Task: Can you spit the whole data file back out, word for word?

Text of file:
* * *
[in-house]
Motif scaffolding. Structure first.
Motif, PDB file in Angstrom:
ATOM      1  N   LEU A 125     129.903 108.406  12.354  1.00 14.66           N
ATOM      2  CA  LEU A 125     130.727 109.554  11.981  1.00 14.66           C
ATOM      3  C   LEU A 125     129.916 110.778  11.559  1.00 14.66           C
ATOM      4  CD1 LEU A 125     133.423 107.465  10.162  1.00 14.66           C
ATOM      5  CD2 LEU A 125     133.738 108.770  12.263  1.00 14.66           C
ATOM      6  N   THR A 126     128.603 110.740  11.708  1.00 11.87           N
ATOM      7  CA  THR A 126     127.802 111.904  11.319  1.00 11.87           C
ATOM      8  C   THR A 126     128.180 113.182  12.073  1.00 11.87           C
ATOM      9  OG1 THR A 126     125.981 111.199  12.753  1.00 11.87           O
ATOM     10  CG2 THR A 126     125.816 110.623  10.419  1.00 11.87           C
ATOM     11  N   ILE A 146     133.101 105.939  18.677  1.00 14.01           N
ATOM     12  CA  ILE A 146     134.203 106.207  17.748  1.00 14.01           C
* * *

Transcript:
[in-house]
Motif scaffolding. Structure first.
Motif, PDB file in Angstrom:
ATOM      1  N   LEU A 125     129.903 108.406  12.354  1.00 14.66           N
ATOM      2  CA  LEU A 125     130.727 109.554  11.981  1.00 14.66           C
ATOM      3  C   LEU A 125     129.916 110.778  11.559  1.00 14.66           C
ATOM      4  CD1 LEU A 125     133.423 107.465  10.162  1.00 14.66           C
ATOM      5  CD2 LEU A 125     133.738 108.770  12.263  1.00 14.66           C
ATOM      6  N   THR A 126     128.603 110.740  11.708  1.00 11.87           N
ATOM      7  CA  THR A 126     127.802 111.904  11.319  1.00 11.87           C
ATOM      8  C   THR A 126     128.180 113.182  12.073  1.00 11.87           C
ATOM      9  OG1 THR A 126     125.981 111.199  12.753  1.00 11.87           O
ATOM     10  CG2 THR A 126     125.816 110.623  10.419  1.00 11.87           C
ATOM     11  N   ILE A 146     133.101 105.939  18.677  1.00 14.01           N
ATOM     12  CA  ILE A 146     134.203 106.207  17.748  1.00 14.01           C